Lower Secondary Tuition (Sec 1 and 2)
Lower Secondary School Home Tuition (Secondary 1 and Secondary 2)
The subjects that Nanyang Academics Home Tuition Agency offer for our Upper Primary students are:
• English Tuition
• Lower Sec Math Tuition
• Lower Sec Science Tuition
• Chinese Tuition
• Higher Chinese Tuition
• Malay Tuition
• Tamil Tuition
• Geography Tuition
• History Tuition
• Social Studies Tuition
• Literature Tuition
• Design & Technology Tuition
• Art Tuition
|Indicative Tuition Rates:|
Graduates (Full Time Tutor/Part Time Tutor):
|MOE School Teachers/Former School Teachers:||$60-65/hour|
For your child, the move to secondary school can be a big jump. For one, they are streamed into four different tracks, each with varying standards and pace of learning determined by their PSLE results. They are, Integrated Programme (IP), Express Stream, Normal (Academic) and Normal (Technical).
While many things remain similar, the secondary school environment makes many assumptions about what a student has managed to become proficiency in. Expectations and demands also change, and many students may miss their old friends. Here’s how you can help your child to cope:
Check that your child’s reading skills are sufficient, and seek immediate help if they are not
One of the main differences between secondary and primary school in Singapore is in reading. In secondary school, students no longer “learn to read” but rather “read to learn.”
Secondary school teachers will often tell students to go home and read certain chapters or pages on their own; it is expected that students can do so. I have met some parents who are shocked at how their children seem to fall back in secondary school, and this is sometimes one of the reasons.
I always advise parents to check that their children are able to read and understand the given chapters. If they cannot, it is important to seek immediate help from the school teachers (ensure the teachers know of the problem).
Encourage your children to join a wider range of activities
During the first year in secondary school, children will be looking for new friends. Some of the more introverted students, however, may have difficulty here. This isn’t good – students who can’t make friends tend to be less eager about school, and often don’t seek out help from peers for homework, revision, etc.
Do remember that 13 is a difficult age that comes with many mood swings, and children who cannot fit in socially are not going to concentrate well.
The easiest way around this is to encourage your child to join a wide range of activities. Don’t tell them to hurry home every day and stare at the television, or to avoid contact. The faster they make new friends, the faster they will feel comfortable at school.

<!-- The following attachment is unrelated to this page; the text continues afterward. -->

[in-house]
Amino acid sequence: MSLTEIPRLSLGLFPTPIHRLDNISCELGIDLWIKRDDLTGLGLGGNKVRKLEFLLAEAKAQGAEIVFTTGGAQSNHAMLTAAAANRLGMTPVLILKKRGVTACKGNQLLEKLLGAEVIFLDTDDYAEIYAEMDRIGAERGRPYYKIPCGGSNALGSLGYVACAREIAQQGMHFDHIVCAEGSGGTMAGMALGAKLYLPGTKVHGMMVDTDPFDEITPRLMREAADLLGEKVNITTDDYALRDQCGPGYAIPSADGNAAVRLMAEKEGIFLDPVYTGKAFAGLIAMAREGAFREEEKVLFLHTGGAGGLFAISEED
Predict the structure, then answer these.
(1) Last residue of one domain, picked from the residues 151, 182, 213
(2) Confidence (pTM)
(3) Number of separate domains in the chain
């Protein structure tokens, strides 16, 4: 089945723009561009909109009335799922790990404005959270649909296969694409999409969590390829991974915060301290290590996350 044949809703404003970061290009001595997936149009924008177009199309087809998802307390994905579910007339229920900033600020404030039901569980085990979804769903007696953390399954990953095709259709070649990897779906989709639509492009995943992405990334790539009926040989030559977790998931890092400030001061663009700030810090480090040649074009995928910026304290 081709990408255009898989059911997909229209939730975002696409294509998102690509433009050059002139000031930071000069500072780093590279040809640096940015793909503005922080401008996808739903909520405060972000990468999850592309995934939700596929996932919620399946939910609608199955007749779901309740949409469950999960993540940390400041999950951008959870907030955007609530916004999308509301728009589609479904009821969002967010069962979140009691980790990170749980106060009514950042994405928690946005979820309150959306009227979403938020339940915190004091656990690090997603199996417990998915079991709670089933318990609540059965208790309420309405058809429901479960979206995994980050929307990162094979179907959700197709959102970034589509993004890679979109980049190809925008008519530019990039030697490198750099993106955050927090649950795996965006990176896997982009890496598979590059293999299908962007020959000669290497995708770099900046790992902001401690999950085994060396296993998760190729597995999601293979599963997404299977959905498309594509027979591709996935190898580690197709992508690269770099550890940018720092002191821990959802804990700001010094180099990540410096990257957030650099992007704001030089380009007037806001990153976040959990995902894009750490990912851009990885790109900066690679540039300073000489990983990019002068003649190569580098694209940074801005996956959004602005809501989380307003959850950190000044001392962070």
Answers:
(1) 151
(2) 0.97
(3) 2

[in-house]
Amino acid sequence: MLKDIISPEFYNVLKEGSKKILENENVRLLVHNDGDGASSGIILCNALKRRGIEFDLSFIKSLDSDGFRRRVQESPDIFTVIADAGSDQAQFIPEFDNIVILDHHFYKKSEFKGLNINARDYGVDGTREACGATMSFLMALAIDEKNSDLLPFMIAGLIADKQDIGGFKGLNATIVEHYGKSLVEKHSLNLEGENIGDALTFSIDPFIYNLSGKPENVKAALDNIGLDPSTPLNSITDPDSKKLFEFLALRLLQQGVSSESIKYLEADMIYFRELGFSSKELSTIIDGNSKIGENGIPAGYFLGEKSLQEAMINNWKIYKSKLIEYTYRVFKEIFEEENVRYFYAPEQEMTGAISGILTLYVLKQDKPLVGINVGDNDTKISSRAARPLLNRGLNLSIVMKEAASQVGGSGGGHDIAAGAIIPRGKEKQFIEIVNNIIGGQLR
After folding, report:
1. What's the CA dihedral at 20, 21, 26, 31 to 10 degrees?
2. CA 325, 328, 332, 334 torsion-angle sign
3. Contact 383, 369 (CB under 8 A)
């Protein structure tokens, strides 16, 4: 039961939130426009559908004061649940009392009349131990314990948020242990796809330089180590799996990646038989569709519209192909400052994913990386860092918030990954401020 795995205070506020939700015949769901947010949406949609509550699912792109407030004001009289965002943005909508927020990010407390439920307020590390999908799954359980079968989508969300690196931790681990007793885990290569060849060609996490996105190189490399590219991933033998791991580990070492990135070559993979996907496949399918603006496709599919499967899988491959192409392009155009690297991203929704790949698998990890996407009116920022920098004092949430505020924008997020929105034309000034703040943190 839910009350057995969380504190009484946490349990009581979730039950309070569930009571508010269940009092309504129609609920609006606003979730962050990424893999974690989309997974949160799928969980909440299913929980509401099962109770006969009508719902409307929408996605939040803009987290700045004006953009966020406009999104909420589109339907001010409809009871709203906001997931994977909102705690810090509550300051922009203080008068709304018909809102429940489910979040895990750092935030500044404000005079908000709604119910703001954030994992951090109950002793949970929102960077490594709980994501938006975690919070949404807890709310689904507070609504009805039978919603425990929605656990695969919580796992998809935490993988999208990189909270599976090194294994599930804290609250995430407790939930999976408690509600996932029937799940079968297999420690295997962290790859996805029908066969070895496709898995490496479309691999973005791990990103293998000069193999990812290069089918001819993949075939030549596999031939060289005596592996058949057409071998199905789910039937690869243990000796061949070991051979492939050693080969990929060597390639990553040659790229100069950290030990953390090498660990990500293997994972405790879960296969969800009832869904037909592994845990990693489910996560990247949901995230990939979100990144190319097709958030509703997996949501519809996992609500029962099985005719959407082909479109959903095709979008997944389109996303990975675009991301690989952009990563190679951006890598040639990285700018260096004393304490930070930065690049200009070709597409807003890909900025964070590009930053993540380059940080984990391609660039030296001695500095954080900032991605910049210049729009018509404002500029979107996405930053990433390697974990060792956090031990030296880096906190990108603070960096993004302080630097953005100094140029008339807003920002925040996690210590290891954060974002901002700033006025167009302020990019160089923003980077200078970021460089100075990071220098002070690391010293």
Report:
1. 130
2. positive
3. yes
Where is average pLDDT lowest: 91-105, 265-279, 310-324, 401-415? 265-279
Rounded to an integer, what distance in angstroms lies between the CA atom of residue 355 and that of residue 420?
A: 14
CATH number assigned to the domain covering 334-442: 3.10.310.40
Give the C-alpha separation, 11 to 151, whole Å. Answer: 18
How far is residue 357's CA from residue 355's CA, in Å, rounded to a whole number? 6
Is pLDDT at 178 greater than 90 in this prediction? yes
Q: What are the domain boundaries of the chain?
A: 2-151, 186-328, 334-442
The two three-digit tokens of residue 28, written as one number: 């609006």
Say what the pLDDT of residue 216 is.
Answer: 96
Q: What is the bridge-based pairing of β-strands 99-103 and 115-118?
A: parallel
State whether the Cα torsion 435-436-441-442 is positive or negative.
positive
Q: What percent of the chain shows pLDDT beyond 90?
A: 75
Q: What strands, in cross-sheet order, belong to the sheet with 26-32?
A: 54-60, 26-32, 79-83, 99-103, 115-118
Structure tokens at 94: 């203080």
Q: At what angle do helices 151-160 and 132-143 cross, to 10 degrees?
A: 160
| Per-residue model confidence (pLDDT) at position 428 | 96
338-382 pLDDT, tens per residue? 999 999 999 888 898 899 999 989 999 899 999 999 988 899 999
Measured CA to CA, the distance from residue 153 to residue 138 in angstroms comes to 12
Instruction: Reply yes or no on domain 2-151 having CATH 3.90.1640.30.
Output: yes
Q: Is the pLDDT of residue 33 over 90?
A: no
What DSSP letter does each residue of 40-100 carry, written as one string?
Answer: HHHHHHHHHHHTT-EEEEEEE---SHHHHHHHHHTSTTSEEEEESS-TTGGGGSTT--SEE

Lay off the rote learning techniques
Memorising will not work in secondary school (and is in fact inadvisable even in primary school.) At the secondary level, many questions will test students’ analytical abilities, as well as their skills at articulating an argument.
For example, essay writing may require argumentative skills, where they must present and support a case with their own words and examples.
In order to develop these skills, your children must be encouraged to discuss various solutions, rather than being force fed the answers from an assessment book.
Encourage a better understanding of current events
Many topics in secondary school now deal with current events. Magazine and newspaper clippings may be used as a source of questions and material.
I find that students perform better if their parents join in on this. You could encourage them to read the news, and discuss it over breakfast or dinner. You might also want to nudge them toward the right magazines. Avoid trashy celebrity gossip ones, and go for magazines like National Geographic, Reader’s Digest, the New Yorker, or the Economist.
This also helps with the issue I raised in point 3: students will need to articulate arguments, and form opinions of their own.
Teach your child to use library resources
Many secondary level assignments will require children to have some initiative. This means finding extra facts not covered by the textbook, or doing their own research.
Without fail, students who have not learned to use the library will falter.
To get around this, bring your child to the library and show them how to look up key resources. I find it also helps to teach your children to reference their sources: this is not actually necessary yet, but it demonstrates the effort put into research and is quite easy to do.
Finally, research the options of home tuition for them.
Check to see if your child’s tuition classes keep pace with the new syllabus and more importantly, as your child would be more involved in school activities in their secondary years, do be mindful of the available days for home tuition so that it doesn’t clash with other activities that your child might have.